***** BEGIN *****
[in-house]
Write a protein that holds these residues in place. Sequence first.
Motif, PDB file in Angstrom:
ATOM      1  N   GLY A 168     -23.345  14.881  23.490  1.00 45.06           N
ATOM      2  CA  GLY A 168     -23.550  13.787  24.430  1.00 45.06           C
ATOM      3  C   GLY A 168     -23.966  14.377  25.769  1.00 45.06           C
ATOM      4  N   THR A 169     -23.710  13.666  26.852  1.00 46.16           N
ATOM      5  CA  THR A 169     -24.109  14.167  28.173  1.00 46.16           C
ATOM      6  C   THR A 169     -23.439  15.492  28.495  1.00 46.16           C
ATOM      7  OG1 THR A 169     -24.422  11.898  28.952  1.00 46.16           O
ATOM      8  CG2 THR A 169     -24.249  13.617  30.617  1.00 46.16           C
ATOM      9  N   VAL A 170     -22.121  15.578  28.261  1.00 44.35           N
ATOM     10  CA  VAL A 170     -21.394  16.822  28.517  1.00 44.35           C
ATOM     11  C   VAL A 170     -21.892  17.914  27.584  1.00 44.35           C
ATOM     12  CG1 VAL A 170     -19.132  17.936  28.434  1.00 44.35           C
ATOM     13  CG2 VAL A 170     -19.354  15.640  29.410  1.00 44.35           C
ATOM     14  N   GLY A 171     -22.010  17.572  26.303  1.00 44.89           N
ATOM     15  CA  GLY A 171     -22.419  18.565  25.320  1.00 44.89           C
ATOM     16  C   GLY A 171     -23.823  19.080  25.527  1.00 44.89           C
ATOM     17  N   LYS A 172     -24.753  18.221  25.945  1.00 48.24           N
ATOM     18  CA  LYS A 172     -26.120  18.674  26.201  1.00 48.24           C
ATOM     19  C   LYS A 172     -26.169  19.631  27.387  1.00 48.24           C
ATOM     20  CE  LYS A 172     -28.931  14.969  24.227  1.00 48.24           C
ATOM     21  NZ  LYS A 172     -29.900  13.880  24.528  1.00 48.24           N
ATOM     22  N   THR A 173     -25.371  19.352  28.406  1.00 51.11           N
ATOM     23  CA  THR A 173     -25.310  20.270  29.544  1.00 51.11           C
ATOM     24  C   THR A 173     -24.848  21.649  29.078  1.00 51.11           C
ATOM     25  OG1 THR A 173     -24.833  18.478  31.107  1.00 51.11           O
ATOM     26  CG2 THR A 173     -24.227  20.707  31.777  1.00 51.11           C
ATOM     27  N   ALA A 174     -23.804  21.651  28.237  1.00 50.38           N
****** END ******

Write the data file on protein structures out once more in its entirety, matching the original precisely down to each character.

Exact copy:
[in-house]
Write a protein that holds these residues in place. Sequence first.
Motif, PDB file in Angstrom:
ATOM      1  N   GLY A 168     -23.345  14.881  23.490  1.00 45.06           N
ATOM      2  CA  GLY A 168     -23.550  13.787  24.430  1.00 45.06           C
ATOM      3  C   GLY A 168     -23.966  14.377  25.769  1.00 45.06           C
ATOM      4  N   THR A 169     -23.710  13.666  26.852  1.00 46.16           N
ATOM      5  CA  THR A 169     -24.109  14.167  28.173  1.00 46.16           C
ATOM      6  C   THR A 169     -23.439  15.492  28.495  1.00 46.16           C
ATOM      7  OG1 THR A 169     -24.422  11.898  28.952  1.00 46.16           O
ATOM      8  CG2 THR A 169     -24.249  13.617  30.617  1.00 46.16           C
ATOM      9  N   VAL A 170     -22.121  15.578  28.261  1.00 44.35           N
ATOM     10  CA  VAL A 170     -21.394  16.822  28.517  1.00 44.35           C
ATOM     11  C   VAL A 170     -21.892  17.914  27.584  1.00 44.35           C
ATOM     12  CG1 VAL A 170     -19.132  17.936  28.434  1.00 44.35           C
ATOM     13  CG2 VAL A 170     -19.354  15.640  29.410  1.00 44.35           C
ATOM     14  N   GLY A 171     -22.010  17.572  26.303  1.00 44.89           N
ATOM     15  CA  GLY A 171     -22.419  18.565  25.320  1.00 44.89           C
ATOM     16  C   GLY A 171     -23.823  19.080  25.527  1.00 44.89           C
ATOM     17  N   LYS A 172     -24.753  18.221  25.945  1.00 48.24           N
ATOM     18  CA  LYS A 172     -26.120  18.674  26.201  1.00 48.24           C
ATOM     19  C   LYS A 172     -26.169  19.631  27.387  1.00 48.24           C
ATOM     20  CE  LYS A 172     -28.931  14.969  24.227  1.00 48.24           C
ATOM     21  NZ  LYS A 172     -29.900  13.880  24.528  1.00 48.24           N
ATOM     22  N   THR A 173     -25.371  19.352  28.406  1.00 51.11           N
ATOM     23  CA  THR A 173     -25.310  20.270  29.544  1.00 51.11           C
ATOM     24  C   THR A 173     -24.848  21.649  29.078  1.00 51.11           C
ATOM     25  OG1 THR A 173     -24.833  18.478  31.107  1.00 51.11           O
ATOM     26  CG2 THR A 173     -24.227  20.707  31.777  1.00 51.11           C
ATOM     27  N   ALA A 174     -23.804  21.651  28.237  1.00 50.38           N